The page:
Saturday, December 6, 2008

Newport Back Bay Morning

Immature Northern Harrier--Circus cyaneus at the far end of the Upper Newport Bay Ecological Reserve parking lot above the Muth Interpretive Center.

Went out for an early morning walk at Upper Newport Bay Ecological Reserve. I entered on the "back side" of the reserve. Directions to the back side: Traveling south on the 55 Freeway, exit on Fair and Del Mar (same exit as Vanguard University). You will drive a short distance to get to Del Mar after you exit the freeway. Turn left on Del Mar and drive for almost a mile. Cross Irvine Avenue. Newport Ecological Reserve is on your right. Look for the parking lot.

Sitting on a light post in the parking lot was an immature Northern Harrier. He flew when I came near, and landed on a sign at the far end of the parking lot. He let me come closer until a runner scared him away. He flew away to a nearby electric pole, his white rump confirming the id. Saw him later flying low over the wetlands looking and listening for prey.

Say's Phoebe--Sayornis saya , a little puffed up to conserve heat in the cold morning air.

It is common to see Say's Phoebes on both sides of Upper Newport Bay Ecological Reserve. It was a cold December morning, and this little phoebe was very puffed up and at times looked fluffy as it scanned the area for insects.

Western Meadowlarks in the mesa area above the Muth Interpretive Center at Upper Newport Bay.

At first without seeing them from the front, I missed that these were Western Meadowlarks. Duh. Well, it pays to know your birds from the back and the front. Long, dark bills, eye stripes, and short tails. I'll be watching for them next time.

The estuary dotted with wintering birds.

The views of the bay and the wetlands from this side are beautiful.

A trail follows the stream.

It is a good idea to look ahead on the trails when you go birding so you know what's coming up and get a good look. Otherwise, birds flush and you get a glimpse.

A dew-dropped winter shrub was visited by hungry and thirsty House Finches--Carpodacus mexicanus.

One of the things I love about winter in Orange County is all the sparrows, finches, and other birds eating seeds on dry plants. It can be beautiful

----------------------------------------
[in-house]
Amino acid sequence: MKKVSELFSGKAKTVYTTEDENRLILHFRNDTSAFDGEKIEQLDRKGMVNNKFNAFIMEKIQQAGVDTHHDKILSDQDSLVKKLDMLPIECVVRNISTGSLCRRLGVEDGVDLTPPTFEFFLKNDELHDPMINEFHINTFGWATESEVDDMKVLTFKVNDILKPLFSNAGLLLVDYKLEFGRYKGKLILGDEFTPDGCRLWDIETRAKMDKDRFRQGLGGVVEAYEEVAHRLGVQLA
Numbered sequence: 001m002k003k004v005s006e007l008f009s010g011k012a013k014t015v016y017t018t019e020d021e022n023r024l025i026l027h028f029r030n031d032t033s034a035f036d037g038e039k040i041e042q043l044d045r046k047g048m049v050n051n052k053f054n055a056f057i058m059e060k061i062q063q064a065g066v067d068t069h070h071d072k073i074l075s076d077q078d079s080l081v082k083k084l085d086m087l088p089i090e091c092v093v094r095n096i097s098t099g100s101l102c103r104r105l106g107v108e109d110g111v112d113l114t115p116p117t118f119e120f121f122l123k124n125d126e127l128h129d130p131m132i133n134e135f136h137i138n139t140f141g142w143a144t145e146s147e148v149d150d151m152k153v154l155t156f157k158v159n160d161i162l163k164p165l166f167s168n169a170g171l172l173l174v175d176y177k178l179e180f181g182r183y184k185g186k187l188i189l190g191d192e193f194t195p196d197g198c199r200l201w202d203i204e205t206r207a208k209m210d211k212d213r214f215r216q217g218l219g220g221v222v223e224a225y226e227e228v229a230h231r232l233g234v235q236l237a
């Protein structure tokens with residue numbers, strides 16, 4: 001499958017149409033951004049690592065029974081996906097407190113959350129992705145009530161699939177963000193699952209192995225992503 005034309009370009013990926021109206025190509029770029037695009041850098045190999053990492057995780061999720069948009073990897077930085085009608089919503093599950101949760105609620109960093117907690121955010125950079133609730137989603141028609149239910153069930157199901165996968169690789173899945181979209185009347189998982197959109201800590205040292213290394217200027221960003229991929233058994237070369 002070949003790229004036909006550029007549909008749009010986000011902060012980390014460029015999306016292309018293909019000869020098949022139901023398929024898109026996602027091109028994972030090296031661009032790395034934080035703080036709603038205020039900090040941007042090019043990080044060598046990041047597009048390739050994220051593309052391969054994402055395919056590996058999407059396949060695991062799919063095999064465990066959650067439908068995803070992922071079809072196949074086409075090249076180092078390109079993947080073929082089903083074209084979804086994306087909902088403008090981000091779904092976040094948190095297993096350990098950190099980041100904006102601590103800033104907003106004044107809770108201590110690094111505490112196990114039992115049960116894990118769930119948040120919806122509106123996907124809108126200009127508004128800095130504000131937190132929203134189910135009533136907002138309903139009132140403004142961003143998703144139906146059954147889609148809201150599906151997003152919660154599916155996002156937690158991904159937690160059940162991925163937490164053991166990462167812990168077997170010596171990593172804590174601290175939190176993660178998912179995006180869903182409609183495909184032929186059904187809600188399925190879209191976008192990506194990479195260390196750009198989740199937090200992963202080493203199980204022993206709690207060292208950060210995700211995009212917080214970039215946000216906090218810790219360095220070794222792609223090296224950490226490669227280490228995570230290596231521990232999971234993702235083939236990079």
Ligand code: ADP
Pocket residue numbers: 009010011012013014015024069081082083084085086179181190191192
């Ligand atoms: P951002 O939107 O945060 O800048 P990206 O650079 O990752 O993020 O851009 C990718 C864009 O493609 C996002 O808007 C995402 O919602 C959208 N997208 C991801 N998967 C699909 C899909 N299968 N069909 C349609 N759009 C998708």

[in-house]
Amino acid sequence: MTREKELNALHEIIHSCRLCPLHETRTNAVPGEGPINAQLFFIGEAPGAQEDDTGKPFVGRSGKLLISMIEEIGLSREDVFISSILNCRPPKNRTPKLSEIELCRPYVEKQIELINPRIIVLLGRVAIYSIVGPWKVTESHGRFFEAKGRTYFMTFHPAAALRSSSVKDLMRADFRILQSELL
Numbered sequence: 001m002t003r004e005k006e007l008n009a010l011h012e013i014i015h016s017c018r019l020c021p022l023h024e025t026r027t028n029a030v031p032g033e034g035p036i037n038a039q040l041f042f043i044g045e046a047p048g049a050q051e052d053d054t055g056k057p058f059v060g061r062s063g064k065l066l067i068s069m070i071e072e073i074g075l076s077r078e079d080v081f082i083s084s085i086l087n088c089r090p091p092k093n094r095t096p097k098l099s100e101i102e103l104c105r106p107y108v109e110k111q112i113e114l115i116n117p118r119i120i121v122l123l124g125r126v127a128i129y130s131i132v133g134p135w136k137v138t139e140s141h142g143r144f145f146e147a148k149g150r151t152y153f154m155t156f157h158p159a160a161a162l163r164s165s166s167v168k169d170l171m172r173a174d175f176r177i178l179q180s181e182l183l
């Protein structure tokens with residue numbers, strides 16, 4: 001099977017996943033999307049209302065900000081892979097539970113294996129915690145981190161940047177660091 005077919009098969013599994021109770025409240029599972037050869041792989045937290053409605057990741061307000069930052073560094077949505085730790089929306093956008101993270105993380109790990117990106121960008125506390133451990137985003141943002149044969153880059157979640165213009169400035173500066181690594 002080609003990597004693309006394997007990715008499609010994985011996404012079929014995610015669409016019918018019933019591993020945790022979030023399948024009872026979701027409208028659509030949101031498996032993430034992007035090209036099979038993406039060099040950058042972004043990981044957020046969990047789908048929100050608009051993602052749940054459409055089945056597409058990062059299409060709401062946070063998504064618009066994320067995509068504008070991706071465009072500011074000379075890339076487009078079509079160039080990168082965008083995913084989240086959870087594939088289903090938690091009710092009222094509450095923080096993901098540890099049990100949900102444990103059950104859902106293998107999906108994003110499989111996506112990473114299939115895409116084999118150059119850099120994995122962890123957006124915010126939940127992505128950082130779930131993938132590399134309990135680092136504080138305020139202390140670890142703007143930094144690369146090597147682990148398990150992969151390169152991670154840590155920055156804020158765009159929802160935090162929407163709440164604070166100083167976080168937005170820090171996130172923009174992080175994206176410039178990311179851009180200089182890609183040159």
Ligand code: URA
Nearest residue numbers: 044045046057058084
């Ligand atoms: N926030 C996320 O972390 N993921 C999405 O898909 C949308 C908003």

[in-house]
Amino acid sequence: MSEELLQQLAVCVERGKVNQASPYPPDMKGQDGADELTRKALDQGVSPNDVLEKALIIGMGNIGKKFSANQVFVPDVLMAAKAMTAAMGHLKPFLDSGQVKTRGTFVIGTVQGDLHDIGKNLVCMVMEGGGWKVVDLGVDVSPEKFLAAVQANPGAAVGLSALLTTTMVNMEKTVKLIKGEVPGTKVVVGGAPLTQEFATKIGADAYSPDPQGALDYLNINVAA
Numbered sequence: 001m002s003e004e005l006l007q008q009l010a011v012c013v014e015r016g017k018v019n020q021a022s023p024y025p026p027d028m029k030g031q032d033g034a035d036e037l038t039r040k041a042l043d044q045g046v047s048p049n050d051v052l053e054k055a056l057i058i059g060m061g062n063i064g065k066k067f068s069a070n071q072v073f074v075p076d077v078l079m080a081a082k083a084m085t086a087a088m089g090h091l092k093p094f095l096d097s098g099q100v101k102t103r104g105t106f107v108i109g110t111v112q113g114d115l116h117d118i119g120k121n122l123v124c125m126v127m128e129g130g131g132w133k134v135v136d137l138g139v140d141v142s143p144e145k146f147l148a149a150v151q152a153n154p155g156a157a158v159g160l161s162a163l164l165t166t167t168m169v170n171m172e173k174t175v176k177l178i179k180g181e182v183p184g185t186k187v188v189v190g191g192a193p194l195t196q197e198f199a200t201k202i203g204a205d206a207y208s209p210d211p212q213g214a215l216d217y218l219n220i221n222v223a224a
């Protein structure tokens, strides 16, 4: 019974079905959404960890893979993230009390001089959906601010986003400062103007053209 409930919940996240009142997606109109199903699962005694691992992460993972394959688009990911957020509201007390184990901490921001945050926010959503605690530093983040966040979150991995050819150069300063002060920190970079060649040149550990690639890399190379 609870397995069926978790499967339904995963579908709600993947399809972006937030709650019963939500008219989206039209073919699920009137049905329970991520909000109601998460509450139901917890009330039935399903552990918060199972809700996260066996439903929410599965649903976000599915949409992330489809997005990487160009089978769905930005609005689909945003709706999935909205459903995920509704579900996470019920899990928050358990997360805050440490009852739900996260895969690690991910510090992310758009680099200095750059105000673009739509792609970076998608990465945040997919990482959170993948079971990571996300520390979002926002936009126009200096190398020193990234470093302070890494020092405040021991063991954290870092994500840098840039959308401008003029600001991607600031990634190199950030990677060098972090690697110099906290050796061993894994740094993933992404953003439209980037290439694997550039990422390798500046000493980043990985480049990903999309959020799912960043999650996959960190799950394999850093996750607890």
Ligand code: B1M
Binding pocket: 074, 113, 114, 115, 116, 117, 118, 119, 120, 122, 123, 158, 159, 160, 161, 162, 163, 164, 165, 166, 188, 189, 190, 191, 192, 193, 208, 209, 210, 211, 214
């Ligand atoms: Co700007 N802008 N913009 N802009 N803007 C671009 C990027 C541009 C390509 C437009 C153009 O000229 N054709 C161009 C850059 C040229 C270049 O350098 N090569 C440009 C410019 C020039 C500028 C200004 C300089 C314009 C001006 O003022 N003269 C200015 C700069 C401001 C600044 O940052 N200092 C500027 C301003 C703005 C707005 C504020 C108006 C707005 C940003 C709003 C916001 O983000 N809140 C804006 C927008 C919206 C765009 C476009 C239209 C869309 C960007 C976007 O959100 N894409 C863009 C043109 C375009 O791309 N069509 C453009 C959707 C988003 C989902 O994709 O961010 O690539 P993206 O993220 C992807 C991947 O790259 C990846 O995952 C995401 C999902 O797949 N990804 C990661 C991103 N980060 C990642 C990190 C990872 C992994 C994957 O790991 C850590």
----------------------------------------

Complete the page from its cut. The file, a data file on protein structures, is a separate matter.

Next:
A White-crowned Sparrows--Zonotrichia leucophrys on a still-green tree.

The White-crowned Sparrows--Zonotrichia leucophrys and their songs are so much a part of winter. It adds to the mood.

Snowy Egrets--Egretta thula and Great Egrets--Ardea alba at a "fishing hole.

Sometimes in the wetlands, a pool forms and captures fish and invertebrate that attract egrets and herons in large groups. It is quite a sight. This one group was a little sad because of the beauty of the egrets and herons as they hunted among the trash for food. Usual trash in wetlands are snack wrappers, drink cups, water bottles, juice bottles and other containers. Take your trash out and don't throw it on the streets. It gets swept into the wetlands through the sewers. Check out my posts California Coastal Cleanup Day and Watershed--What is it? .

A male House Finch--Carpodacus mexicanus on a dry shrub filled with seeds.

For a common bird the House Finch--Carpodacus mexicanus is a pretty one. The male is red on its head and chest. People often ask what the beautiful red bird is. In the spring, the male sings just as beautifully as he looks.

On the San Joaquin Hills side, the water channels wind through the wetlands.

I moved on to the other side. Getting in my car, I headed for PCH and Jamboree and turned north on Jamboree. Then turned onto San Joaquin Hills and parked on the street just before it dead ends into Back Bay Drive.

Among the American Wigeons--Anas americana, is a distinctly different red-headed fellow. A Eurasian Wigeon--Anas penelope--A Rare Bird.

During winter, Eurasian Wigeons--Anas penelope are often seen in the area just beyond the parking lot by the drainage pipe that empties from the canyon into the bay. You can see them in many parks and other areas. Though rare, they are here often in winter.

Two pairs of Northern Pintails--Anas acuta fly overhead.

Seeing ducks fly overhead is common. The San Joaquin Wildlife Sanctuary is very close--across Jamboree at the top of the bay. Birds frequently go from one to the other.

Out in the wetlands an Osprey--Pandion haliaetus perches on a sign post.

Ospreys--Pandion haliaetus nest at Upper Newport Bay Ecological Reserve and can be seen here and at San Joaquin Wildlife Sanctuary in Irvine, Bolsa Chica Ecological Reserve in Huntington Beach, and at many parks with stocked ponds. They show up where they chose.

This is a Western Kingbird looking over the wetlands.

After my long walks on both sides of the bay, I was ready to move on. I headed on to San Joaquin Wildlife Sanctuary to get in a little more waking and birding before heading home. All in all, it was a good day.

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